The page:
The vision of the ethical foundation of the authority of the state and of the participation of citizens in public life has been brought back to an ontological dimension, even if it is evolutionary, dynamically oriented towards a final goal that jurisprudence and democratic structures are called upon to interpret. Authority and participation must evolve in the dimension of charity; in this way it will be possible, perhaps, to have a different conception of state, understood more and more as the experience of a communion that tends to go beyond the confines of territories and ethnic groups. The attempt I have tried to present is a way of overcoming a twofold reductionism. On the one hand, in fact, an attempt has been made to remove the ethical foundation of the authority of the state and the participation of citizens from positivist fluctuations and from the recurring temptation to impose an often arbitrary will on the part of those who hold political power. On the other hand, an attempt has been made to remove them from the abstract nature of an hypostatized human nature, which in theory would give immutable guarantees for socially structured living, but which in fact does not exist except in the contingency of historical interpretation.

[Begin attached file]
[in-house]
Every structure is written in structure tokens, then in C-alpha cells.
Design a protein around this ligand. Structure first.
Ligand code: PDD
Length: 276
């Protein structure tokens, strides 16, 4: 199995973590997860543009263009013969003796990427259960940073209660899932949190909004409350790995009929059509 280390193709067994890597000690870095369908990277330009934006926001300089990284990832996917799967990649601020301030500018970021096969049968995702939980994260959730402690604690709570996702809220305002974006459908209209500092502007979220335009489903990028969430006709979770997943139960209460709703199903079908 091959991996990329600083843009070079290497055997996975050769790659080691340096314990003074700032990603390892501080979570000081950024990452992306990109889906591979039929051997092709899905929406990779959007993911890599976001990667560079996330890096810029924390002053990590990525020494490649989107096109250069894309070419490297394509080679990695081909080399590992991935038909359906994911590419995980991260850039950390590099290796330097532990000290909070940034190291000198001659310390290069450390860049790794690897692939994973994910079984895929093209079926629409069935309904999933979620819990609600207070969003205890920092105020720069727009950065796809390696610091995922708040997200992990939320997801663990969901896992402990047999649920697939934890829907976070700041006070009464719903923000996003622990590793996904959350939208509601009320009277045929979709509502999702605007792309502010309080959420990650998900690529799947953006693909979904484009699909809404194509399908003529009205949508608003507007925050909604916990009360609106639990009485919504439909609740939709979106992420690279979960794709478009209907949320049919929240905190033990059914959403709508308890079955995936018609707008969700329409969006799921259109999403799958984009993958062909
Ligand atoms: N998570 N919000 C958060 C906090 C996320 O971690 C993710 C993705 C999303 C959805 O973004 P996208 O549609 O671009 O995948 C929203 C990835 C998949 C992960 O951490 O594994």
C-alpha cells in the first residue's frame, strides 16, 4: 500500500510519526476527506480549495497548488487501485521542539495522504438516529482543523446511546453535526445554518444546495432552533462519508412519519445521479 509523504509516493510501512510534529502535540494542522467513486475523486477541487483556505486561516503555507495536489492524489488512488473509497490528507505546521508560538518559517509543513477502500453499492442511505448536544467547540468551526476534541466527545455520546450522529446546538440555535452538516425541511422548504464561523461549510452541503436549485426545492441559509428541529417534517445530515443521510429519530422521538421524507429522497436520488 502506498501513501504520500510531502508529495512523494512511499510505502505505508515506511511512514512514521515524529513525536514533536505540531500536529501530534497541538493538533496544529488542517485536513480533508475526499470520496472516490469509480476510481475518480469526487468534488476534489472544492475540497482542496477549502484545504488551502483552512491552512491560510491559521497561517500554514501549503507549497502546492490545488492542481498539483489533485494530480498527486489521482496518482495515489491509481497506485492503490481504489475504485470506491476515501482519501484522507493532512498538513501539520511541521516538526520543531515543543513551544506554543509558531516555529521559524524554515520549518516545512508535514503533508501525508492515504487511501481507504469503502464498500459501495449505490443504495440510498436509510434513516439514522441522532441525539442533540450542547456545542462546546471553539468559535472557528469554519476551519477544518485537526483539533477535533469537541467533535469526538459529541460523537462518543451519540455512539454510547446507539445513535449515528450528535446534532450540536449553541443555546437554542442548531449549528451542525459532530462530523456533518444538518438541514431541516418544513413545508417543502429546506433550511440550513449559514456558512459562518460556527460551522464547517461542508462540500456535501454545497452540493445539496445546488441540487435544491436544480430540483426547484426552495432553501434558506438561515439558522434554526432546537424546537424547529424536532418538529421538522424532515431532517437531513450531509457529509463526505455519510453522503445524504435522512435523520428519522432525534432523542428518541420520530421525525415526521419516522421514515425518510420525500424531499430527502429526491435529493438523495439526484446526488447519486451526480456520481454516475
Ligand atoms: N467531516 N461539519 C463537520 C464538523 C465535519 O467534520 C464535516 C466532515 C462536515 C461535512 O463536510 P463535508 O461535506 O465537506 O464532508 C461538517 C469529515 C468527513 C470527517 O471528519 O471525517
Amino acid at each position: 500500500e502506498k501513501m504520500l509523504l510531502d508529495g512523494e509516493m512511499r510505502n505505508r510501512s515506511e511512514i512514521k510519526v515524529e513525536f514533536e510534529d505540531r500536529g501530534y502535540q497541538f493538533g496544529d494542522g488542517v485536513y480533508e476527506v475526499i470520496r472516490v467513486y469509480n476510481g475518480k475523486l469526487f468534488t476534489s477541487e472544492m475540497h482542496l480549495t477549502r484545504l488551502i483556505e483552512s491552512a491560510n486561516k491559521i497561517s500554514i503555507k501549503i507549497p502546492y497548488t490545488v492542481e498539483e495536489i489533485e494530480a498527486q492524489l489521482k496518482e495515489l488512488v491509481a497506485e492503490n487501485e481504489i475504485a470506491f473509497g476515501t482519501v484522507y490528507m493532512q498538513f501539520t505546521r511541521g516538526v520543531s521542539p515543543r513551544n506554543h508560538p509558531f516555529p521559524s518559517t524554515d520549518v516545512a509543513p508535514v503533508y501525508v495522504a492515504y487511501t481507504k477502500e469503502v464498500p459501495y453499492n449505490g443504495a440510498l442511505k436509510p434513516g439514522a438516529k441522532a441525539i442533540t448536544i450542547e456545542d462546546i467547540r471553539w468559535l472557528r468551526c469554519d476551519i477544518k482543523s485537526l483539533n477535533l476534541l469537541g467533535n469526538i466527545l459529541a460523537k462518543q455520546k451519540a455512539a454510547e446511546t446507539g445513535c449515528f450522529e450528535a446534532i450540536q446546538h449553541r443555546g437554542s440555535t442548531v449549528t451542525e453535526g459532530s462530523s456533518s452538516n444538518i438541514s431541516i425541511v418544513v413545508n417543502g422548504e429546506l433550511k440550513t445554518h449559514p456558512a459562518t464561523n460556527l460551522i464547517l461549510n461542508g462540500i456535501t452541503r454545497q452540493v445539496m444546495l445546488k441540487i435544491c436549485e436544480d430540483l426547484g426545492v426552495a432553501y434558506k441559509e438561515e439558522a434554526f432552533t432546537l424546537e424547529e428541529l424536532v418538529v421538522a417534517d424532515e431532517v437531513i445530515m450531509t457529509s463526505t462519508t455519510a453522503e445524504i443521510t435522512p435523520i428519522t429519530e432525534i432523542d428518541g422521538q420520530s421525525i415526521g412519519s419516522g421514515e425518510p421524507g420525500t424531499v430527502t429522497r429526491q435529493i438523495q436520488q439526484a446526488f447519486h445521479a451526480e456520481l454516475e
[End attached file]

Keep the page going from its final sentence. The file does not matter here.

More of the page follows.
The pivot around which the reflection was articulated was the conception of an anthropology of indigence and of an ethic of response, which found a justice understood as a tendential instance, that is always sought even if not always reached, or reached but never in such a way as to exhaust its dynamism towards a further fulfilment. The perspective is not that of passive resignation that pushes to raise walls of defense, or, even worse, of relativism that opens to all sorts of disorder and confusion, but that of "relationalism", based on the person who always lives as a relationship and of whom the state becomes a concrete expression on the level of history and geography, rather than territory and biological descent.

Translated from Iralian by Philippe Ledouble